Reading Low-Calorie Recipes can Reduce Snack Purchases
In a new study, researchers examined another potential way that supermarkets can help overweight and obese people control or lose pounds. The researcher, Esther Papies from the Netherlands' Utrecht University, reported that giving out low-recipe cards at the front of the supermarket resulted in fewer snack purchases.
For this study, Papies handed out two different kinds of recipe cards to 100 customers that entered a supermarket. All of the participants knew that they were a part of a study and the majority of them were women. Half of the participants received a recipe that had a title stating that the recipe was "healthy and good for your figure: extra low-calorie." On the other card, the title used more neutral words. Both cards had the same exact recipe.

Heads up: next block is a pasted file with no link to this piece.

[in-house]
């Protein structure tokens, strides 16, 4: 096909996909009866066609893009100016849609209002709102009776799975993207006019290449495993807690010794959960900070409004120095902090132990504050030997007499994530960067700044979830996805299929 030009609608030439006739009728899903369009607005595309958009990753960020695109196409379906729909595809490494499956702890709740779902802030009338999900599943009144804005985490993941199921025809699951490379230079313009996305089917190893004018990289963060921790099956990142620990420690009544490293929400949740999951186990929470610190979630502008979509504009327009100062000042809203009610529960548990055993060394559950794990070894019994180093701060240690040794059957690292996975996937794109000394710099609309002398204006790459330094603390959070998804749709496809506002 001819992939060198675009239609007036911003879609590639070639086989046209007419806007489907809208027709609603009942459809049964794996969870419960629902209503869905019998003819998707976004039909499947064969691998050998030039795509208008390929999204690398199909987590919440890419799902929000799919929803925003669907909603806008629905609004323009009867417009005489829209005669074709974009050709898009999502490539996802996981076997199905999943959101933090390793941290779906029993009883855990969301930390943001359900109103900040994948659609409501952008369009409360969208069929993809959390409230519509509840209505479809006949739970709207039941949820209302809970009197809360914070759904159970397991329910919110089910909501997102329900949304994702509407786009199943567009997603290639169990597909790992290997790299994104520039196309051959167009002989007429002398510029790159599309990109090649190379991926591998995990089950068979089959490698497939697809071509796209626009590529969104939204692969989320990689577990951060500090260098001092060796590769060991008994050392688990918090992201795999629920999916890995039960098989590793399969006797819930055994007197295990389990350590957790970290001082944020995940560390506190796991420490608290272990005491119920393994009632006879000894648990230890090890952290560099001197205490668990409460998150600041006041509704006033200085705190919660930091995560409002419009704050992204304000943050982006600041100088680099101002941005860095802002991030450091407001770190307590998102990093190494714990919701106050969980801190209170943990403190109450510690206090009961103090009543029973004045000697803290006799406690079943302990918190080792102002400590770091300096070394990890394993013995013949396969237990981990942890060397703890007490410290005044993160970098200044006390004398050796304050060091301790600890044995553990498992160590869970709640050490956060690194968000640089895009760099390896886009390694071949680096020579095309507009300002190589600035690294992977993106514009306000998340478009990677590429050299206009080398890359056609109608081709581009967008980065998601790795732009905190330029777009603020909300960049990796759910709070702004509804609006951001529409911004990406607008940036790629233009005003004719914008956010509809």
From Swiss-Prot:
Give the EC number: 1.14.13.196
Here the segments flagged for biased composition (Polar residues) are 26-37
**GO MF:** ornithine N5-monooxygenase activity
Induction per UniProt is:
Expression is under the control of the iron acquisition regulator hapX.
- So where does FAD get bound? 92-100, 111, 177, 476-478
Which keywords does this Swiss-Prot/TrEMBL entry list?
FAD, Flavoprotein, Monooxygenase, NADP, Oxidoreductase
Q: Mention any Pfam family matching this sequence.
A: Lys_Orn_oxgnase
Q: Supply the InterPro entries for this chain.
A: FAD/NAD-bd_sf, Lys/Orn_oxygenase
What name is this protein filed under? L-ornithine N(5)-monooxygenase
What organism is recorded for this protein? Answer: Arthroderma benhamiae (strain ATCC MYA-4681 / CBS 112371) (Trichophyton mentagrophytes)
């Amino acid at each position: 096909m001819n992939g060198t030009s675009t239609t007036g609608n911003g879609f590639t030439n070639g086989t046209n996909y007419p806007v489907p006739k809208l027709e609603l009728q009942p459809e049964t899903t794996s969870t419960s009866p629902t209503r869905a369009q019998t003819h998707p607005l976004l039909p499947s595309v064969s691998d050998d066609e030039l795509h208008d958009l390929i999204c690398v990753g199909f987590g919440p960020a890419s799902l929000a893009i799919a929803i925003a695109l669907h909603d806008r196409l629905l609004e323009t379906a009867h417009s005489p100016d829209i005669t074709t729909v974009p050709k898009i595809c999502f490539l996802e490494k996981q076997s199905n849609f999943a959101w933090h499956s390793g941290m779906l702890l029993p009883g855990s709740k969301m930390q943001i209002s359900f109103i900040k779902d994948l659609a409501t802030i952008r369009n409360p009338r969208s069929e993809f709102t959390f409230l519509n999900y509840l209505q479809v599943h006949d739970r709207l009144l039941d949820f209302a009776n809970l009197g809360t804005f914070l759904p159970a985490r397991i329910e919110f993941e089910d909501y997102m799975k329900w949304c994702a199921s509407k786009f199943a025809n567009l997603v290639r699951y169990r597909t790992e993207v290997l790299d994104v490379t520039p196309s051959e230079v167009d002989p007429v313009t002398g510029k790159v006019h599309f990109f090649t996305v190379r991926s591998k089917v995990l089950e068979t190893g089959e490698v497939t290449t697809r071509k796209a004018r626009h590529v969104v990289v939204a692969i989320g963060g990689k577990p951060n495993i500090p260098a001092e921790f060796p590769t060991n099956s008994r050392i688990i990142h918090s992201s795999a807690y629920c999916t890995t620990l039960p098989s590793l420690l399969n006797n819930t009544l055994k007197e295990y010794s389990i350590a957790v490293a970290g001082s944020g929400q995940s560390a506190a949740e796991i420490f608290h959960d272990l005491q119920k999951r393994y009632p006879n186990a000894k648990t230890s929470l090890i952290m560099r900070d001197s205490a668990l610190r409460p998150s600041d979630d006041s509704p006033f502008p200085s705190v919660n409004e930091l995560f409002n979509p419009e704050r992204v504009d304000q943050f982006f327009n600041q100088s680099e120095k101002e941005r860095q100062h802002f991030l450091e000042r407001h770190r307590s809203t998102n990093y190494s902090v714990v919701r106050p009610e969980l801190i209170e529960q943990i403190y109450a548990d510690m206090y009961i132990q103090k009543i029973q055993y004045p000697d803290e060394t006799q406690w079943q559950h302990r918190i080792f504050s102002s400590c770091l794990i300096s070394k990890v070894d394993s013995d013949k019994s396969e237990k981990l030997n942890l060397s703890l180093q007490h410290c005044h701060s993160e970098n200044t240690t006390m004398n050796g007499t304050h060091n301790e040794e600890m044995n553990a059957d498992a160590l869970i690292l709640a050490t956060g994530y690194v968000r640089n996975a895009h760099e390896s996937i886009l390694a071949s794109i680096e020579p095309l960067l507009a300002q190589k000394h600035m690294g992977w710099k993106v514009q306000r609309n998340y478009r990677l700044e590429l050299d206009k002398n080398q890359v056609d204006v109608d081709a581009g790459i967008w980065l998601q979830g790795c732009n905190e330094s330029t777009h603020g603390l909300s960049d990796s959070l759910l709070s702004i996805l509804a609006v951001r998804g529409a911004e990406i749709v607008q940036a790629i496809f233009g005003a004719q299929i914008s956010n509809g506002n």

Papies discovered that overweight people who received the "low-fat" recipe card ended up buying 75 percent fewer unhealthy snacks in comparison to those who had received the other card. The researchers counted the amount of snacks purchased by taking photographs of each participant's receipt. Either card did not have an effect on how many snacks normal weight customers purchased.
"By looking at the card, certain information might have been subconsciously activated in the memory: in this case, a prior intention to consume fewer calories. Study subjects subsequently acted by purchasing fewer snacks," Papies explained according to Medical Xpress.
The study, "Using health primes to reduce unhealthy snack purchases among overweight consumers in a grocery store," was published in the International Journal of Obesity.